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The Power of Place: Leveraging Location to Create Phenomenal Customer Experiences

JordanWhitmarsh

After many years of being dazzled by digitally dominant online retailers, businesses with customer-facing assets in the physical world are starting to appreciate and exploit the very real advantages of place. Droves of brick/mortar firms are offering digitally enabled delivery, and doing it very well in many cases. Amazon itself has staked a claim in the storefront world with Whole Foods and Amazon Go. Banks, worried by the declining use of their branch offices in recent years, are starting to see their high-street presence as a brand asset and are considering options like turning them into business hubs, complete with hot desking areas for customers.

E-commerce platforms can provide a great customer experience, but they don’t let you feel or touch the product and get that immediate, physical connection to the brand. And they struggle to provide the reassurance and engagement you get through face-to-face interaction with a human being.

Customer experience is everything, and companies are looking for ways to unlock the power of place with new technologies to drive customer satisfaction, loyalty and advocacy. And it’s not just retail and consumer businesses. Any organization with buyers or clients who interact with other people in a physical space has an opportunity to shape that experience in ways that delight the customer, creating competitive advantage in the process.

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It’s a big world, after all

For those of us who spend much of our time in the digital world, it’s easy to forget that the physical world is much, much larger and more varied. It offers vast opportunities to drive contextual value, for groups of people as well as individuals.

A mobile digital service generally targets an individual at a particular point in time, with relatively low geographical context; when you’re buying something online, you’re engaging one-to-one with that company and your location (apart from your delivery address) may not matter. But as soon as that individual’s digital presence meshes with an intelligent venue that serves a community or groups – a museum, for example – all kinds of local value moments become available. Digital signage, navigation services to the bathrooms or the gift store, apps that provide loyalty rewards … they all deliver the kind of rich experience that drives patron engagement.

Or imagine the stress-free, efficient outpatient experience that a hospital could provide with the right technologies. As you drive onto the campus, a wayfinding app helps you locate a free parking spot. The system checks you in automatically and gives you directions to the clinic or facility you’re headed for. It provides live wait-time updates and wirelessly charges your device.

Or, at a higher user density level, imagine a smart sports stadium experience. As you walk up, the stadium detects your presence, tells you where the lines are moving fastest and starts sending you relevant digital content. It turns out that today, not many season ticket holders have come to the game, so the VIP bar isn’t getting as much custom as usual. The stadium knows you’re not a season ticket holder, but it sends you a notification: “You've been selected to come and join us at the Platinum Bar." A way to lift spending, maybe – but for sure, a way to make the fan feel special and the whole game experience more memorable. (Take a look at how HPE is partnering with Tottenham Hotspur Football Club to make their new venue the largest football stadium in London and the most technologically advanced stadium ever built).jordan customer experience blog.png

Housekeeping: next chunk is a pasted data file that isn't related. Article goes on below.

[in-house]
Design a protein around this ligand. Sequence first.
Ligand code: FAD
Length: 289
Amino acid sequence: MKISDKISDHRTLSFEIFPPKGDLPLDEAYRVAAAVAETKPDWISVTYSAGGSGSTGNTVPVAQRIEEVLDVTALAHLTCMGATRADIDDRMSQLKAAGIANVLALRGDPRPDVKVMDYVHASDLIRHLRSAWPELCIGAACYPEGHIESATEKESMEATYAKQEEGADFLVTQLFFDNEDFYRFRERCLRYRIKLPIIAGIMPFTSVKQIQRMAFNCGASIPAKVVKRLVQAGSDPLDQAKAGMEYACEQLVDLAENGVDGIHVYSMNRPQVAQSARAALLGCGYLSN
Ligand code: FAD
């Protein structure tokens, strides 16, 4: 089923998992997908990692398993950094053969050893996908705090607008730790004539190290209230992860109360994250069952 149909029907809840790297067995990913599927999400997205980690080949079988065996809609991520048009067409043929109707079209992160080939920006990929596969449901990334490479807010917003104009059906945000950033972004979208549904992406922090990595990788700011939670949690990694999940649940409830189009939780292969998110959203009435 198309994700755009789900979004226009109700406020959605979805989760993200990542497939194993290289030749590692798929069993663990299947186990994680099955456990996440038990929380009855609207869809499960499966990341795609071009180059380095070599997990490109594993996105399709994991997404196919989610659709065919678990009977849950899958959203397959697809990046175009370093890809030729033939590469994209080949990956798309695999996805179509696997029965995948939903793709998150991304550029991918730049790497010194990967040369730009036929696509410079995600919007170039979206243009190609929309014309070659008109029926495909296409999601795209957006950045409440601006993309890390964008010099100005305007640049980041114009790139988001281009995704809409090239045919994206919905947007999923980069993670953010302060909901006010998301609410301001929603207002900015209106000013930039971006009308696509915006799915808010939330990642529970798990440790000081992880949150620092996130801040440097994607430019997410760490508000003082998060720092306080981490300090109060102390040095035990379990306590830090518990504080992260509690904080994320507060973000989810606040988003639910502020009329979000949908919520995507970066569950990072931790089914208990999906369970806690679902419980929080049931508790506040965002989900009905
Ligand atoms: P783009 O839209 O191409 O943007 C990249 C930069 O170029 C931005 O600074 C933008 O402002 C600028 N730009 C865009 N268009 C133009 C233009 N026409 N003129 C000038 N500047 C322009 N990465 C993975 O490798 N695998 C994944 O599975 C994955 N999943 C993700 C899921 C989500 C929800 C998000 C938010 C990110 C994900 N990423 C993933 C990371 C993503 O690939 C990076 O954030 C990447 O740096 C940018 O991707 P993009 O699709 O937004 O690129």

Spatial intelligence for exceptional customer experience

Another way to drive exceptional customer experience is by developing a better understanding of customer behavior. Analytics platforms can turn contextual data and information from sensors, customer relationship management systems and other systems into real insights about how visitors interact with the spaces they occupy. You can use that intelligence – on people flow, dwell time, occupancy, conversion rates and more – to better serve and advise customers. And you can do it while ensuring rigorous protection of customers’ privacy and compliance with data protection regulations.

Let’s say you’re a shopping mall operator, for example. With insights into people flow, you can identify bottlenecks in the facility and consider strategies to deal with them. Maybe you’ll need to do some construction to remedy an issue in the building itself. Or maybe you can work with what you’ve got, and put a concession stand or a coffee shop there. Whatever you decide, you’re using that spatial intelligence to create a smoother, more enjoyable experience for your shoppers.

Be a market innovator. Get started now.

HPE Pointnext can help you design and implement intelligent spaces and venues that can drive phenomenal customer experience and competitive differentiation. To learn more, visit our Mobility and Workplace Services Consulting webpage.

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About the Author

JordanWhitmarsh

Jordan Whitmarsh is a global solution strategist and digital advisor for HPE Pointnext. He focuses on helping customers accelerate their digital transformation journey in an edge centric, data driven and cloud enabled world.

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